Systematic investigation of event detection, hardware, and models for impedance cardiography

Date of Award




Degree Name

Doctor of Philosophy (Ph.D.)


Biomedical Engineering

First Committee Member

Joachim H. Nagel, Committee Chair


Impedance cardiography (ICG) has been acknowledged as a valuable non-invasive tool for monitoring relative stroke volume (SV) changes. However, the ICG has not been fully accepted as a diagnostic tool since the absolute value of SV obtained by this technique is still questionable in particular patient groups. Through a systematic investigation, three sources of error were found to contribute to this inconsistency. They are: occasional inadequacy of the ICG amplifier, unreliable event detection techniques, and the shortcomings in the existing ICG model. The commonly used method for measuring the signal amplitude (maximum look up) was found to introduce a significant amount of error when the signal to noise ratio (SNR) is low. The commonly used event detection techniques cause substantial errors in the detection of the B point. The insufficiency of the dZ/dt circuit in the most commonly used commercially available ICG amplifier (Minnesota Impedance Cardiography) was found to cause errors in the amplitude and event latency. Consequently, a significantly smaller SV, a longer pre-ejection period, and a larger Heather index are obtained.In this dissertation, signal processing techniques, especially adaptive matched filtering event detection and correlative amplitude determination have been implemented and could be demonstrated to improve the reliability and accuracy of event detection and signal amplitude estimation. Additionally, a new method to determine the upper band-limit, which is based on the consideration of the inherent variance of physiological signals, has been developed and used in the confirmation of the assumption that the ICG signal bandwidth increases as the heart rate increases. Necessary specifications for the ICG amplifier have been established that may lead to standardization of impedance cardiography, which is pre-required for clinical applications in the future. The ICG gives a reasonable estimation of SV for some patient groups while it fails in other groups. Two assumptions in the formulation of the existing SV equations have been shown to be questionable, and this might explain the difficulties. With improved signal processing techniques, improved amplifier, and a better knowledge of the ICG signal spectrum, the shortcomings of the existing model and equations can be examined more reliably and accurately in future studies.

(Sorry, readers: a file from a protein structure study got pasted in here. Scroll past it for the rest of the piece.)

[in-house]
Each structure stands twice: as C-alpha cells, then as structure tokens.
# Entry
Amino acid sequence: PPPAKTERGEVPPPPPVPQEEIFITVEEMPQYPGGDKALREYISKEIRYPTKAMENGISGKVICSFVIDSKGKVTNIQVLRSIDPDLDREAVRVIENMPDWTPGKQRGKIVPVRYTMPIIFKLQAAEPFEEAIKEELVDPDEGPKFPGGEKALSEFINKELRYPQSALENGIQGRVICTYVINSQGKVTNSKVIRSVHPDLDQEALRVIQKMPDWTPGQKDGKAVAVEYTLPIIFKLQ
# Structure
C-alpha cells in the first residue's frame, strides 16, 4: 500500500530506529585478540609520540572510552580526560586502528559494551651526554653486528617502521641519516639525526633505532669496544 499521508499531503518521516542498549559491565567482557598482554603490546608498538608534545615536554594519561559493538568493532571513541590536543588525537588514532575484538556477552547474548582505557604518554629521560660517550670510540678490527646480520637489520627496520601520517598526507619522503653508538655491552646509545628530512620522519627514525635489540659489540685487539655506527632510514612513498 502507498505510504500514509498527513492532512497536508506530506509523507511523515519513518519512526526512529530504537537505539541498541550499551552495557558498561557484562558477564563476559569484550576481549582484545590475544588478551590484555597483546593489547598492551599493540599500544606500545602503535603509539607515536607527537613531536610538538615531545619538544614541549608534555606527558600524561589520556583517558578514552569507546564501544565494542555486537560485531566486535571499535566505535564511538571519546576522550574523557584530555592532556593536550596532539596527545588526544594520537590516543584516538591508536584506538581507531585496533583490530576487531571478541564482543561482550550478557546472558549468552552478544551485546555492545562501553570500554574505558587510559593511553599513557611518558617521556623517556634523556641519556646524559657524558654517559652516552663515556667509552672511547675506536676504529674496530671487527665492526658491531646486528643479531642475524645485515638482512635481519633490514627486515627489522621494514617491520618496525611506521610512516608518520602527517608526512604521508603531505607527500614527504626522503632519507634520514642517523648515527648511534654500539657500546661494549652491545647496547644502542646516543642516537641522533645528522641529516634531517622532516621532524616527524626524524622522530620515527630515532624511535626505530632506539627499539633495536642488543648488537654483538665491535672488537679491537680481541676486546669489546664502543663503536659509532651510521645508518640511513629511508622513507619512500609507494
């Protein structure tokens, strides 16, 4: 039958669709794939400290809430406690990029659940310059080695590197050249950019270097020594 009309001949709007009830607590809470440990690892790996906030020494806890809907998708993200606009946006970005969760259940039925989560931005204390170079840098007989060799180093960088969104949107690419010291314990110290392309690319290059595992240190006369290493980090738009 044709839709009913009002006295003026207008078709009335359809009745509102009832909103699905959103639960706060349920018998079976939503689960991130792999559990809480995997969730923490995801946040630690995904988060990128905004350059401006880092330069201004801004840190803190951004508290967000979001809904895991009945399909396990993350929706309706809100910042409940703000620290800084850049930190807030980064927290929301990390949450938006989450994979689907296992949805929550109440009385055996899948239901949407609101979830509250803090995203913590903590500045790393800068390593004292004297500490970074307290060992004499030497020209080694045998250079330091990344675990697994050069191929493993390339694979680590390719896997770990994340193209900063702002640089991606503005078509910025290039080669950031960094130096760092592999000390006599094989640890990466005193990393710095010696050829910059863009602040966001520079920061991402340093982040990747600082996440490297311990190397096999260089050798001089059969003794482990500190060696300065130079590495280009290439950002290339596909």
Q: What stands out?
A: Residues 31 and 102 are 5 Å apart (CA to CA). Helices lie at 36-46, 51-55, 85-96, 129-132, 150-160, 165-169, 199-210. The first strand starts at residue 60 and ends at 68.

Engineering, Biomedical; Health Sciences, Radiology

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